Police employing unique methods to crack down on texting drivers

Convictions for texing and driving in Georgia since 2010, when law enacted

2010: 79

2011: 511

2012: 1,271

2013: 2,311

2014: 2,963

2015 (as of June 25): 1,264

SOURCE: Georgia Department of Driver Services

Marietta Police’s latest undercover operation is all about saving lives, they say. But to some citizens, it seems to be nothing but a duplicitous money grab.

On Wednesday, officers posing as construction workers were dispatched to Cobb Parkway at Roswell Road. Their aim: To spot and ticket those texting from the driver’s seat.

It was the department’s second time conducting the sting, and Marietta Police Officer Nick Serkedakis says it won’t be the last.

“The whole thing started when we received data that fatalities were skyrocketing and a lack of seat belts and texting were major contributors,” Serkedakis says. “So we, as a traffic unit, asked ourselves, ‘What are we going to do about it?’ At first we didn’t have an answer for it.”

Texting while driving has been illegal in Georgia since 2010, and while convictions have risen significantly every year since, it’s still a tough charge to prove.

Before the undercover operation, tickets issued for texting were “random and spare,” Serkedakis says.

The unorthodox plan allowed officers to spot offenders close up. On the road, it can be tough to discern whether someone is actually texting or, say, turning their radio dial, police say.

The faux construction workers, who spent about two-and-a-half hours on the road total, issued 90 citations, about half for texting. Serkedakis says that’s as many tickets as they give out typically in a week.

“This isn’t about your safety. It’s about revenue,” says Will Mullis of Atlanta. He added that he often uses an app on his phone to navigate his way around traffic. “It’s absurd to think I’d get a ticket for checking directions.”

Checking for directions isn’t necessarily illegal, but “writing, sending or reading any text-based communication is,” Serkedakis says. That could encompass typing a street name into your phone’s GPS.

“Once you press send you’ve transmitted data,” he says.

According to the Governor’s Office of Highway Safety, distracted driving has led to a increase in crashes and fatalities on Georgia’s roads. Injuries caused by distracted motorists nearly tripled from 2009-14, and the number of fatalities in such accidents rose 73 percent over that time period.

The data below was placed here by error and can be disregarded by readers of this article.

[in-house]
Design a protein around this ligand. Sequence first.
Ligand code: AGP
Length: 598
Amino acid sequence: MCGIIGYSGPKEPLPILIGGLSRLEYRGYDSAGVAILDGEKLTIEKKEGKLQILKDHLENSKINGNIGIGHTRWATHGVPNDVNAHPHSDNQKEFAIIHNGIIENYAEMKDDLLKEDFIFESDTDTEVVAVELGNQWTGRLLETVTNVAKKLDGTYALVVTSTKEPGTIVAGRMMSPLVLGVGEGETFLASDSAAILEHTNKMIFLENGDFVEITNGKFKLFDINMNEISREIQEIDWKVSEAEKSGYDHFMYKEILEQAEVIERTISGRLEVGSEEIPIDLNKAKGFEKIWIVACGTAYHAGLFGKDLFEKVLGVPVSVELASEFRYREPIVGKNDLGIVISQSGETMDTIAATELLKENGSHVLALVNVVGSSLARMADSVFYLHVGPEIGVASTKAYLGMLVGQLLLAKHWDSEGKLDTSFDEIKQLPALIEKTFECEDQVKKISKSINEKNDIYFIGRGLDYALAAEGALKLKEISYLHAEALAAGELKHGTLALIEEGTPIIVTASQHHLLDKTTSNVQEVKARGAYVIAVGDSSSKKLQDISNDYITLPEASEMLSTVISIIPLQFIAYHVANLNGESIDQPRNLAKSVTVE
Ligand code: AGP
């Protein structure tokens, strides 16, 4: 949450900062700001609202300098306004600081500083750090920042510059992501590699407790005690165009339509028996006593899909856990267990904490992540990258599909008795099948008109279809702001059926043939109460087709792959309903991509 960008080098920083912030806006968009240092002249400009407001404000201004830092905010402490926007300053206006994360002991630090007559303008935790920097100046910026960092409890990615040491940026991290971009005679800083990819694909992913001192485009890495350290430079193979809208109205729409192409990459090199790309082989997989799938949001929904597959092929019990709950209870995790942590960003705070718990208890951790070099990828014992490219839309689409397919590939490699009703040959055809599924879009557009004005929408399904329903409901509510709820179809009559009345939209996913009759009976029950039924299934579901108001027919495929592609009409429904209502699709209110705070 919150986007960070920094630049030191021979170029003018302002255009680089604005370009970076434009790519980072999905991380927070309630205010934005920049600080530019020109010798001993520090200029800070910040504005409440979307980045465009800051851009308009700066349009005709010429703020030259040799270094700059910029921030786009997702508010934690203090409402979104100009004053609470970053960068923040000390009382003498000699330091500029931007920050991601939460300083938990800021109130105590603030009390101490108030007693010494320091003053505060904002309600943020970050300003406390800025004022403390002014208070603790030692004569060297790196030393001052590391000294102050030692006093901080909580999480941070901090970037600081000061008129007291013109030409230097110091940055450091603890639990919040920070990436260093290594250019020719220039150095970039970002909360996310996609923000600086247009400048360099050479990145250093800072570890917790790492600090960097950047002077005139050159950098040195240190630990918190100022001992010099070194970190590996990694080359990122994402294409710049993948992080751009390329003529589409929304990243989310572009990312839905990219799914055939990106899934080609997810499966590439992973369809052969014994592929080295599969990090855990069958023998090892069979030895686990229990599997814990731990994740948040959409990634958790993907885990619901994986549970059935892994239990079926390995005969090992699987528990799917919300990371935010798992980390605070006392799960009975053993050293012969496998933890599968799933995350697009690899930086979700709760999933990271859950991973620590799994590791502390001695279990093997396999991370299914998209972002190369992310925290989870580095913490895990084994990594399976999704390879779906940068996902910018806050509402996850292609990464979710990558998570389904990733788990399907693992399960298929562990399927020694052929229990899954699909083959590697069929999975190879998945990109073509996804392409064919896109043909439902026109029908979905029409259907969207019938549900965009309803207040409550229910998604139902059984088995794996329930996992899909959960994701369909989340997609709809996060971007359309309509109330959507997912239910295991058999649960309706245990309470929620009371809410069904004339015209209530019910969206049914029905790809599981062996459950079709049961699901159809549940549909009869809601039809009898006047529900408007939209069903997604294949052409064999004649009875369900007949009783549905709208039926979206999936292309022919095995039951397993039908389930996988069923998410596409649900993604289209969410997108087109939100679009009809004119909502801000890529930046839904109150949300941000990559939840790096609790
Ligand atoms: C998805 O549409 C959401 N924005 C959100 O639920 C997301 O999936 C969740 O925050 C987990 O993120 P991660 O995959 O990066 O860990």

Those numbers come even as law enforcement agencies — some more than others — are cracking down on texting drivers. Since the state law was enacted, no municipality has been tougher on texters than Gwinnett County.

More than half the state’s convictions have come there, with one Gwinnett police officer accounting for approximately one-quarter of the state’s total.

“Most of the tickets written by GCPD were written by Motors Unit officers,” Jake Smith, a Gwinnett police spokesman, told The Atlanta Journal-Constitution last year. “Motorcycles give the officers a unique vantage point. It’s easier for them to see down into vehicles from atop a motorcycle. Also, many people don’t immediately notice the person on the motorcycle next to them is a police officer.”

In many of the cases Wednesday, drivers pleaded ignorance, Serkedakis says. Smyrna commuter Kris Hudson, who was not ticketed, says that while he agrees texting while driving should be illegal, he doesn’t understand how doing so while stopped at a traffic signal endangers anyone.

“That is like saying someone who drinks will also drink and drive,” Hudson says. “Some people do but not all.”

Georgia law is a bit murky about what is and isn’t acceptable, says attorney Esther Panitch, who wrote about the texting ban when it was passed by the General Assembly. Navigation devices are exempted in the code section, which specifically prohibits accessing Internet data.

As for Marietta’s undercover operation, “it’s sneaky but I don’t think it’s illegal,” Panitch says.

“If the point is to deter people from doing it, have the officers out in force, in uniform,” she says. “If the goal is to trap people, then go undercover.”

But not all drivers are opposed.

“I’m totally OK with this,” says David Warner, who lives in the Old Fourth Ward. “When I would ride MARTA along (Georgia) 400, I would watch drivers change lanes blindly since their eyes were glued to their phones.”